On October 10th, a very superb singer, and I'm told just as excellent a human being, was lost to the world and the Opera community. Joan Sutherland, a Soprano, of the Dramatic Coloratura variety, died at her home in Switzerland at the age of 83.
Instead of exploring the tragedy of this death, I would like to take this time to explain to many of you who might not have known her work quite so well, why she was amazing at what she did, and why this particular loss, is quite a meaningful loss to myself.
Joan Sutherland was a legend even in her own time (and let's face it, that's an accomplishment when such luminaries as Mozart had a difficult time doing that while still alive). She was married to the famous conductor, Richard Bonynge and she grew up in Austrailia before gaining her first big success at the Royal Opera House in London and then subsequently moving to Brooklyn with her husband where she lived for quite a long time during her many numerous collaborations with the Metropolitan Opera in New York City.
Her voice and her personality are the stuff of legends. She was the person who actually is credited with starting Luciano Pavarotti's career: she found him singing La Boheme at La Scala and being booed off stage, and by helping him to find his high notes through teaching him her technique of doing it, she created a megastar of him, as well. Thereafter the two were said to be best of friends and collaborated quite a lot on many notable productions ( like La Fille du Regiment and Il Trovatore at the Met).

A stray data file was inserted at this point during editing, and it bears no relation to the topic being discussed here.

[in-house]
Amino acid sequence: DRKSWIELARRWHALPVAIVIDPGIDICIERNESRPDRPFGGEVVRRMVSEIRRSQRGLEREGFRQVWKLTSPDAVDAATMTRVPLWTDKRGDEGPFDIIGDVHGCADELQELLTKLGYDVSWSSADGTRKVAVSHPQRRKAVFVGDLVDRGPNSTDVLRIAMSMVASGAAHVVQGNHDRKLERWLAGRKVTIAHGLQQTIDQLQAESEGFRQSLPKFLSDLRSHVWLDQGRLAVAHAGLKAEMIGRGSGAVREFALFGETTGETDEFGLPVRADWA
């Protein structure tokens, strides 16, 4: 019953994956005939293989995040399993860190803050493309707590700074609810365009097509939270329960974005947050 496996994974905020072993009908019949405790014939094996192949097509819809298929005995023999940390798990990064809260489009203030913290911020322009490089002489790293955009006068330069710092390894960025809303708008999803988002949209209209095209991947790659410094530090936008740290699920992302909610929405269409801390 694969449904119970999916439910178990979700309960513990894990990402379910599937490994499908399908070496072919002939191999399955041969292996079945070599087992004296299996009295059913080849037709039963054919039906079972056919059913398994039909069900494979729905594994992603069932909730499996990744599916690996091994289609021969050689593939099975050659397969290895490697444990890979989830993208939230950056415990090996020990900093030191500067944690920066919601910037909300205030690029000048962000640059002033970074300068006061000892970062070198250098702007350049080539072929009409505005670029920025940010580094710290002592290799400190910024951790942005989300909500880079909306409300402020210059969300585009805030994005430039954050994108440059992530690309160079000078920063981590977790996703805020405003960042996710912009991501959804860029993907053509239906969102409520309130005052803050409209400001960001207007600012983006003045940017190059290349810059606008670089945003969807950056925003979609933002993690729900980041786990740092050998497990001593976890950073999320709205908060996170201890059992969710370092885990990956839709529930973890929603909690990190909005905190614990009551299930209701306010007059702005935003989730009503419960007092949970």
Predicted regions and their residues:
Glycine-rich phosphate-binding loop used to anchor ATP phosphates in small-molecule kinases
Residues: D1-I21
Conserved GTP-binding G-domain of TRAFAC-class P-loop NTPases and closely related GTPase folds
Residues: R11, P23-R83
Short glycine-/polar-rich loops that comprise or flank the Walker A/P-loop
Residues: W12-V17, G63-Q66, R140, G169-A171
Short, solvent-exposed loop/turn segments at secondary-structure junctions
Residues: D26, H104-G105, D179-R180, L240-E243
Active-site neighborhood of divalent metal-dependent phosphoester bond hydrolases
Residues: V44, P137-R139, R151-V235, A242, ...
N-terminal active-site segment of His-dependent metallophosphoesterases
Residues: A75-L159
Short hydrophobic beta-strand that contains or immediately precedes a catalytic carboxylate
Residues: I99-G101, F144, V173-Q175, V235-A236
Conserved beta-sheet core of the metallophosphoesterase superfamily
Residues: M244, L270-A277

Although she might not have been the most perfect singer when it came to dramatic interpretation (as some might suggest) or diction (as most might suggest), let's face it, the woman had the voice! There are numerous times where I've seen her on YouTube, or heard a recording of her, and her voice is just unmistakable. It couldn't be anyone but her. Her voice was simply stunning, and I bet that every person who has heard her, either recorded or live, will admit that. She found the perfect mixture of beauty, strength and uniqueness that is ideal for an Operatic voice, and it was even so perfect as to make her other foibles (the possibly not perfect dramatic interpretation on stage and the sometimes questionable diction) practically non-issues (and to a picky, educated Opera public, that's saying something)!
Coincidentally, I had just contacted the Sydney Oper House a few weeks ago to find out where I could mail a fan letter to Ms. Sutherland, since her work meant so much to me and my own experience of Opera. She was a person who made Opera something to strive for, for those of us who are still working on 'becoming something' in this field. She set such high standards in terms of technical sound perfection, and she also presented a likable persona both on stage and off, which is a difficult combination to find normally in someone who is so famous.
Ultimately, I would like to thank Joan Sutherland for consistently doing her best in this profession and putting such love into it that her contribution to opera was able to touch such a wide audience (those already within the profession, not to mention, those who merely became familiar with Opera through hearing her name or hearing her sing).
I guess I did get to write that fan letter after all....